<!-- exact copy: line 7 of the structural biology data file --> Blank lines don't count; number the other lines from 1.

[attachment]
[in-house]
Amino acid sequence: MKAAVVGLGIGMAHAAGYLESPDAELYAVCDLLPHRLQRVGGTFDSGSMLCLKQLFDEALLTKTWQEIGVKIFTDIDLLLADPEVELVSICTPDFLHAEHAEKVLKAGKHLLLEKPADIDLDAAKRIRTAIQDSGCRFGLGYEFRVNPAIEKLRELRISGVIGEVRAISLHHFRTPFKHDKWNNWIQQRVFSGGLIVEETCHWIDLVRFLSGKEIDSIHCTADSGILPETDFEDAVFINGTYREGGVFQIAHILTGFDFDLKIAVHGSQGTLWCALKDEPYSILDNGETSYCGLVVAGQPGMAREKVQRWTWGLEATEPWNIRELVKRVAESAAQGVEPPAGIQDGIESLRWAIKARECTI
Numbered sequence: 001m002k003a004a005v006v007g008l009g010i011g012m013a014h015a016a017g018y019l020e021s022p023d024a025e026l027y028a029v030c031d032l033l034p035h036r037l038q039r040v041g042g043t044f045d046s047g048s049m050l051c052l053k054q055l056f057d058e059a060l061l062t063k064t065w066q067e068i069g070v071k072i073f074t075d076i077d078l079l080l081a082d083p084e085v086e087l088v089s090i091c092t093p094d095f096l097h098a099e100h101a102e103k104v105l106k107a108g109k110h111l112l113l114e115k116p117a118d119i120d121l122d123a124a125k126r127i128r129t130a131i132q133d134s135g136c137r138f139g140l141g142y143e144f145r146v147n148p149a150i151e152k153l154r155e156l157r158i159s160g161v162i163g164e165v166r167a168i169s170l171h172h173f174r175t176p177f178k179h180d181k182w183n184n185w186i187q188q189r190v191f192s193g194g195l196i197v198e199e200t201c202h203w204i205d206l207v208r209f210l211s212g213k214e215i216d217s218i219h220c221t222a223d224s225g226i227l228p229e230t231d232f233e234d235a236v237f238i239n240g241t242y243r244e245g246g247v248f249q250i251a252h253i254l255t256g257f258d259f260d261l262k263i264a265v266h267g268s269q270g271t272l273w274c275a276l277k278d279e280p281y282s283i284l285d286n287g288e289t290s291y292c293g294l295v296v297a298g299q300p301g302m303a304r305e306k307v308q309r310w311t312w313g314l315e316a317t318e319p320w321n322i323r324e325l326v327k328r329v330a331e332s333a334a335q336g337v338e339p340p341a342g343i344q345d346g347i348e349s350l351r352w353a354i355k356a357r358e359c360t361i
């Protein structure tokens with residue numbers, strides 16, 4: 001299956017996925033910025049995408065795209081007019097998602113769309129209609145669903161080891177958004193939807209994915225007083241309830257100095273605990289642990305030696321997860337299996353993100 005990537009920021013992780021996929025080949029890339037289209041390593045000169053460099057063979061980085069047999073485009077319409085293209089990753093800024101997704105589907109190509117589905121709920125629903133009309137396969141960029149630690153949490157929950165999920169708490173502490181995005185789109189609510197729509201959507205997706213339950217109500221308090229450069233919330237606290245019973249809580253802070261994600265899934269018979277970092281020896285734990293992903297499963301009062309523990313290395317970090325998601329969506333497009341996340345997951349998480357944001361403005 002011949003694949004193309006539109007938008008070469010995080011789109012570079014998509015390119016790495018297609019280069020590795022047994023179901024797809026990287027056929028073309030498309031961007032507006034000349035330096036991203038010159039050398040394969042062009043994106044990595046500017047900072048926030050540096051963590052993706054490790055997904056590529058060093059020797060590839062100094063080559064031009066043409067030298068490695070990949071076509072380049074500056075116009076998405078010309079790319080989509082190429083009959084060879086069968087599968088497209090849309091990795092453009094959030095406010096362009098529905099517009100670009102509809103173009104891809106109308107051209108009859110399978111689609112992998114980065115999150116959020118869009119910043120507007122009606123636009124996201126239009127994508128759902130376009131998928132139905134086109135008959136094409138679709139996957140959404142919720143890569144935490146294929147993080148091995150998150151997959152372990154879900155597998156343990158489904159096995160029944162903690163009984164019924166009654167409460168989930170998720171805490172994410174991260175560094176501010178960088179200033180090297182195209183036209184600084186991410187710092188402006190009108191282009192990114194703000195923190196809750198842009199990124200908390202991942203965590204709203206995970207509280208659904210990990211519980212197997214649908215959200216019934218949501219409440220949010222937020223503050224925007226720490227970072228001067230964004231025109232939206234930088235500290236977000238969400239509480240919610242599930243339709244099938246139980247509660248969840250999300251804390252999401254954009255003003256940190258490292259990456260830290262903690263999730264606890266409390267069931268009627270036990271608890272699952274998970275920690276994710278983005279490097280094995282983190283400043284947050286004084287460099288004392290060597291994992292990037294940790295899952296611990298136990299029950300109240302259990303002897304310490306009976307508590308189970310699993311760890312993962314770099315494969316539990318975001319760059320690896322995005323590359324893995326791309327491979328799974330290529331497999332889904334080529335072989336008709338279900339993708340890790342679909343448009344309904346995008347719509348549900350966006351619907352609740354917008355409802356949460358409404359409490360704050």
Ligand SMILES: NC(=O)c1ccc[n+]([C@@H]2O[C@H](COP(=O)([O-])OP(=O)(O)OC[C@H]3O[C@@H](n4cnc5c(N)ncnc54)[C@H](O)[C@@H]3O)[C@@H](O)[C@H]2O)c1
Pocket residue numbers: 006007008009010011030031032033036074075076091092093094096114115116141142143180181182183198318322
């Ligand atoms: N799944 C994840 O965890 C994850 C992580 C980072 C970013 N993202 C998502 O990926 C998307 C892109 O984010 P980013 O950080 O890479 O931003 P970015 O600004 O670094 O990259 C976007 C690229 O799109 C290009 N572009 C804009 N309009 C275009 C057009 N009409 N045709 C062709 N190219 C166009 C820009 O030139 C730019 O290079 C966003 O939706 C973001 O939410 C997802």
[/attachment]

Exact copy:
């Ligand atoms: N799944 C994840 O965890 C994850 C992580 C980072 C970013 N993202 C998502 O990926 C998307 C892109 O984010 P980013 O950080 O890479 O931003 P970015 O600004 O670094 O990259 C976007 C690229 O799109 C290009 N572009 C804009 N309009 C275009 C057009 N009409 N045709 C062709 N190219 C166009 C820009 O030139 C730019 O290079 C966003 O939706 C973001 O939410 C997802």